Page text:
The journey starts at Paro and follows the spine of the Himalayas between Bhutan and Tibet, with the last day of walking ending in Nikachu Chazam, followed by a drive that circles back to Paro airport. The route is a combination of the Lunana, Jomolhari and Laya treks, which together form the signature Snowman Trek. Immersed in the mountain scenery of Jigme Dorji National Park, visitors are advised by a sign at the park entrance to 'leave nothing but footprints, take nothing but memories.'

Thankfully the trek is not a long cruise across beaten-down snow tracks, as each leg of the journey offers a change of scenery. Whether it's turquoise lakes that glitter at the base of snow-capped mountains, or differences of the naturally sculpted mountain range, this trek promises memories that will last a lifetime.

Duration: 27 days

Best time to trek: Mid-June to mid-October

Who to go with: KE Adventure Travel

5: Mount Fansipan, Vietnam

View from Mount Fansipan (Dreamstime)

Escape the chaotic streets of Hanoi and the crowds at Halong Bay with a trek to the top of Vietnam's tallest mountain. Situated in the north-west of the country, this two-day leg burner takes you to the 3,100m summit, and rewards you with a 360-degree view of northern Vietnam.

The trek starts near Sapa where a restful night's sleep and a carb-and-protein packed breakfast will prepare you for the journey, before catching a ride to the start at Tram Ton Pass. The first few miles of the trek offer a gradual warm up, strolling over easy-rolling hills and through distinctive flat forest paths. But don't be deceived into thinking that your climb will be so easy. Soon you'll encounter uneven rocky steps and ladders to assist your climb, which is near-vertical at times. This trek is not for the faint-hearted, but is an unforgettable achievement for those that make the summit.

If the trek wasn't breath-taking enough, brace yourself for views of green-coated mountains rolling into neighbouring China. But remember: what goes up must come down. Fortunately, visitors now have the option to ride the world's longest and highest cable car down to the bottom, after its official opening in 2016. Your legs will appreciate the rest.

Duration: 2 days, 1 night

Best time to trek: April to May

6: Mount Kinabalu, Malaysia

Approaching the summit of Mount Kinabalu (Dreamstime)

A UNESCO world heritage site, this daunting peak hit headlines in 2015 when an earthquake struck with devastating effect. But these same forces helped to create the mountain. Over millions of years, molten rock has forced itself to rise out of the Crocker Mountain Range to a height worthy of being crowned the highest mountain in Malaysia.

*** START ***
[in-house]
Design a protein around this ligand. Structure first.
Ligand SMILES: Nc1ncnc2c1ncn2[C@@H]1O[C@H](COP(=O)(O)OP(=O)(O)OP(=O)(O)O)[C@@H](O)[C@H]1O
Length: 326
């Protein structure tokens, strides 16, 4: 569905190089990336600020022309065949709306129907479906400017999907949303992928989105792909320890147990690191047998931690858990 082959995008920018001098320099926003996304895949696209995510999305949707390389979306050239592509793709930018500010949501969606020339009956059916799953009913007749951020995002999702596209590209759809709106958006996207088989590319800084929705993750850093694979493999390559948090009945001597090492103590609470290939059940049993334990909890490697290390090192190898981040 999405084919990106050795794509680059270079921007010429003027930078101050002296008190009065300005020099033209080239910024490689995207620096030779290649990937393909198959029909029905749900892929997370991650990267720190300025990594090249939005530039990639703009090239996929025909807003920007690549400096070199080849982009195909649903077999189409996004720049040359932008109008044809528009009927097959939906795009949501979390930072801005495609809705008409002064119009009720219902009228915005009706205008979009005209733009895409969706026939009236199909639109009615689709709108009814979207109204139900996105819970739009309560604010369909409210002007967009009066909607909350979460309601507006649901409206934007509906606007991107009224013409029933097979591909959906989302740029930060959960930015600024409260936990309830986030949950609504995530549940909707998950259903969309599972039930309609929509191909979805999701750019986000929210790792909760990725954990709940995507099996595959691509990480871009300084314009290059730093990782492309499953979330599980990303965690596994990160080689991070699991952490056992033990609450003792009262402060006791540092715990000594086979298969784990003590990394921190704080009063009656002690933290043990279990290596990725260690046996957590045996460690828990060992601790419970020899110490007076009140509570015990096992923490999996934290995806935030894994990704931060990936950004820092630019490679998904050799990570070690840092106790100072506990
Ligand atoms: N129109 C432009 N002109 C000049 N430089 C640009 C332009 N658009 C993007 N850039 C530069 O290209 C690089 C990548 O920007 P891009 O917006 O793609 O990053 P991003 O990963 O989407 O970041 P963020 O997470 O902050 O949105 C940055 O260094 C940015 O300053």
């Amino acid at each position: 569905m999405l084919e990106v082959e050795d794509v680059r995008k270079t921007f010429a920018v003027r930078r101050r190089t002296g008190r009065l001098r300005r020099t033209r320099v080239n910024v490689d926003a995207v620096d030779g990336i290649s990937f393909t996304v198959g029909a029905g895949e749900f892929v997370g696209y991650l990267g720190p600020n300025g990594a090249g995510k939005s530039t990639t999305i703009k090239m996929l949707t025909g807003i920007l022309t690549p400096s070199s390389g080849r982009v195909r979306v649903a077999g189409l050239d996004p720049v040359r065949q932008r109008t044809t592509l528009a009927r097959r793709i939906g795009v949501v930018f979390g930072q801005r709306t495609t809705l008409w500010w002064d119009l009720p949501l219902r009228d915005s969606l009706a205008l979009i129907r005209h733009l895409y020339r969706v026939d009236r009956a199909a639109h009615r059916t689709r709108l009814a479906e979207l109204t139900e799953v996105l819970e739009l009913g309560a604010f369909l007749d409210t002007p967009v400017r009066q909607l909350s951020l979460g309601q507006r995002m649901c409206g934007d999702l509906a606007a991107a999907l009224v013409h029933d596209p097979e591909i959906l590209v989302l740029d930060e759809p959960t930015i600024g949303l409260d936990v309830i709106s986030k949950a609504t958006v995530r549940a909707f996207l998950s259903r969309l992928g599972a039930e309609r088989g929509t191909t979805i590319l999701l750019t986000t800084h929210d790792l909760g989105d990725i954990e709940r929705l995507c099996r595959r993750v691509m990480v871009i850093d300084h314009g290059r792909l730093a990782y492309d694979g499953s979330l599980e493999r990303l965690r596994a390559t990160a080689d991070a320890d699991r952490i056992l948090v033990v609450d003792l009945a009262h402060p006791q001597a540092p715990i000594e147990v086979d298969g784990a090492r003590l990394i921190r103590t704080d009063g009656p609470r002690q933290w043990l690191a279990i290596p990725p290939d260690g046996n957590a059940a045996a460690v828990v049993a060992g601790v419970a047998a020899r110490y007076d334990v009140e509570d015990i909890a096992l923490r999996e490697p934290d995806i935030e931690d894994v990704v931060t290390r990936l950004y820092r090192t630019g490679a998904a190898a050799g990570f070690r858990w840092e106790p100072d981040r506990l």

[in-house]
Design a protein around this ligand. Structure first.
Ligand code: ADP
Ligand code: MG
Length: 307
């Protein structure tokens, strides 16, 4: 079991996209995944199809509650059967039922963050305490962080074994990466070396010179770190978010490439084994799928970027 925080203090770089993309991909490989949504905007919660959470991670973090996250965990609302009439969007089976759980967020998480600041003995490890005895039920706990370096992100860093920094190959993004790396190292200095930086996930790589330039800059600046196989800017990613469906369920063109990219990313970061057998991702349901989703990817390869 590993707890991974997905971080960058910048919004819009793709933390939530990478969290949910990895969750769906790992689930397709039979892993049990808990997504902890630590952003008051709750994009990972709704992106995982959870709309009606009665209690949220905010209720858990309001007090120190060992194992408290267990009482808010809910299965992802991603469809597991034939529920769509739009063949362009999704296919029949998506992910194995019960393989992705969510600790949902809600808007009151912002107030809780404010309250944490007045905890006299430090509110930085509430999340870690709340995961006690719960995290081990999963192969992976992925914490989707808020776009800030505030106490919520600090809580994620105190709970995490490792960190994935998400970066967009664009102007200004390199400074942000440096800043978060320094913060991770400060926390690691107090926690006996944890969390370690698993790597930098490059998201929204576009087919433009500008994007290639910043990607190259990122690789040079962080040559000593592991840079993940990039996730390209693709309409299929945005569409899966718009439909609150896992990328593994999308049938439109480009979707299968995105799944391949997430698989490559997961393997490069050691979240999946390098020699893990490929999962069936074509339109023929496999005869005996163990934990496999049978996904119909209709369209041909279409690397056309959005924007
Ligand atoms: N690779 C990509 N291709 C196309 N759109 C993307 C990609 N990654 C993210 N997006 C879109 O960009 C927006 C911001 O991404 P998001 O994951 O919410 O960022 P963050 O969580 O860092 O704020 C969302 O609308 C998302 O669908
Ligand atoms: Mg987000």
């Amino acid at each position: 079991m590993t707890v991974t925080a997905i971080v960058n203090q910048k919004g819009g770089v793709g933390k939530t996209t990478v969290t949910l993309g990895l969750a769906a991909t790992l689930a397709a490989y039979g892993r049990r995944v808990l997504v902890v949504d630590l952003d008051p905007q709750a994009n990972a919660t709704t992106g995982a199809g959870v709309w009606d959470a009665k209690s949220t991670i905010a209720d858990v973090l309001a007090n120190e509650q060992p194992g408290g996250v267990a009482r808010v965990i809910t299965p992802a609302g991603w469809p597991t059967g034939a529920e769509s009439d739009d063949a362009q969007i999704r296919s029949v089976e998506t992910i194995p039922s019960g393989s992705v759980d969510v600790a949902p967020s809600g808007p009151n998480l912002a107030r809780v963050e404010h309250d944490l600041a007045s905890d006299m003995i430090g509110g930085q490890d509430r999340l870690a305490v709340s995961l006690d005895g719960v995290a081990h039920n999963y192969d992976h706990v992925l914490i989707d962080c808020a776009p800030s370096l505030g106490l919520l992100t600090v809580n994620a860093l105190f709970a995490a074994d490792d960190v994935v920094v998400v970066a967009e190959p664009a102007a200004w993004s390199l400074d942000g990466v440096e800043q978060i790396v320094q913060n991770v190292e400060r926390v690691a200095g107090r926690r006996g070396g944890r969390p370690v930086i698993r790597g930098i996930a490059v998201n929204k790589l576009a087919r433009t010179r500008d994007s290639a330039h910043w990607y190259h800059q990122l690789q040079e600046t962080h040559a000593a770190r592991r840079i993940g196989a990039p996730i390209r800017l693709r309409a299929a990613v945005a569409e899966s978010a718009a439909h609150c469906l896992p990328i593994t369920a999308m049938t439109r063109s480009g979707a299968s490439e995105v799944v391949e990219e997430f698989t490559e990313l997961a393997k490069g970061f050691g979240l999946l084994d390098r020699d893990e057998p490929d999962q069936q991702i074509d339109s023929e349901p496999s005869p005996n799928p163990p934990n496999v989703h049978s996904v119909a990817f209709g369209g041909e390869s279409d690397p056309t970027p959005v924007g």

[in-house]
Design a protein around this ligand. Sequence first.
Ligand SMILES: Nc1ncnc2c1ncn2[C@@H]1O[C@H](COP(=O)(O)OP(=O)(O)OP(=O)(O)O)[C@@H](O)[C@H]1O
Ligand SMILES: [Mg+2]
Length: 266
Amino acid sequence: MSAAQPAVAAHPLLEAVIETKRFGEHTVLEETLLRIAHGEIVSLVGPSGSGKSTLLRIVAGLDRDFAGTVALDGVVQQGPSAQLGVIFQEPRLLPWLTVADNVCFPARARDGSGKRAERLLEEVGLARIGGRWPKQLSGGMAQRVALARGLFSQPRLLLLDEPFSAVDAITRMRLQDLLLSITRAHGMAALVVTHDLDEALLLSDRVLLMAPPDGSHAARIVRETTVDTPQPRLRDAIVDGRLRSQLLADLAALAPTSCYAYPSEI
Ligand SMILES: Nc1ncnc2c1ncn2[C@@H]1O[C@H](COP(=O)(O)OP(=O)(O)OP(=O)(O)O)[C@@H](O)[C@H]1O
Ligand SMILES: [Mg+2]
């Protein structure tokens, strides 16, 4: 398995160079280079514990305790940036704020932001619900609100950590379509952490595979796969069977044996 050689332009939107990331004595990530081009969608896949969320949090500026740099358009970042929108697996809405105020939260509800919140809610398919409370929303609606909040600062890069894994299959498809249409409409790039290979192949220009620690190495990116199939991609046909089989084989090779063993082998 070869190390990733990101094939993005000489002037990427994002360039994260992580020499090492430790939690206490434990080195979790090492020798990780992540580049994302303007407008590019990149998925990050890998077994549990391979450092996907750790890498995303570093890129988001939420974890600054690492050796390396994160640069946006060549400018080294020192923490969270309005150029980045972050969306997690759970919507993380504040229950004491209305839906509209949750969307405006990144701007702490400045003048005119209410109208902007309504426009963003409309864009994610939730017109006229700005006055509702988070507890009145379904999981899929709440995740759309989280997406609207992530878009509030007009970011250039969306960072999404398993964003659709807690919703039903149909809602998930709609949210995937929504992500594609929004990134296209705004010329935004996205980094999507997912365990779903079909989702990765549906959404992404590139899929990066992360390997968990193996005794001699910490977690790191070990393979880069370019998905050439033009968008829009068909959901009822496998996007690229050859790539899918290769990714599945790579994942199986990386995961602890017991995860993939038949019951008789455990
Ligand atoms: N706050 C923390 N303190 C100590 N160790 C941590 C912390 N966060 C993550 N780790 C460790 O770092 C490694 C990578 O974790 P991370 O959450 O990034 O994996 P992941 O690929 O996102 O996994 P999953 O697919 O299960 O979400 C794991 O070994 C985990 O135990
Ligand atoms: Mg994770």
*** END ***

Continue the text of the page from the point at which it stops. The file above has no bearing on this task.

The main track up Kinabalu meanders through gentle jungle scenery before slowly steepening as the forest canopy opens to reveal clear skies. Upon reaching the hillside village of Laban Rata, grab a few hours of sleep before a final push to the summit through the dark hours of the morning. Don't forget your torch.

On approaching the last few metres along the brow of the mountain, Kinabalu's distinctive peak can be seen cutting into the skyline. Upon reaching the top, be sure to take the obligatory photo next to the official sign at Low's Peak (4,100m) to share your success of hiking 'the highest mountain between The Himalaya and New Guinea.'

Seeking an even more daring challenge? Try the world's highest via ferrata, located at Mt Kinabalu's Panalaban rock face.

Duration: 2 days, 1 night

Best time to trek: March to August, with earlier months avoiding rainfall.

Who to go with: G Adventures

7: Tiger Leaping Gorge, China

Tiger Leaping Gorge, China (Dreamstime)

Forming a distinctive bend in the iconic Yangtze River, Tiger Leaping Gorge is on every traveller's list when visiting Yunnan province in southern China. Make the right turns however, and an off-the-beaten-track experience awaits: 3,790 metre cliff drops without another tourist in site.

The gorge got its name when a tiger leapt out of reach when it was being chased by a local hunter. A life-size statue of a tiger marks the spot growling back in vengeance, where chalk-white rapids form the narrowest point of the river.

From the quaint town of Qiaotou, directions can be found discretely hidden behind a school building and point to remote landscapes in the upper edges of the cliff. The Chinese say 'rewarding views come with the hardest of climbs', so choose the upper path for the best look-outs.

The trail meanders at considerable heights along the outskirts of a rock face that run parallel to the turquoise ripples of the gorge. Each turn unveils a new angle of Yunnan's unspoilt landscape. This trek passes through incredible scenery, high above the clouds and crowds, ensuring a memorable encounter with some of China's most breathtaking scenery.

Duration: 2 days, 1 night

Best time to trek: April, May, September and October

Who to go with: Audley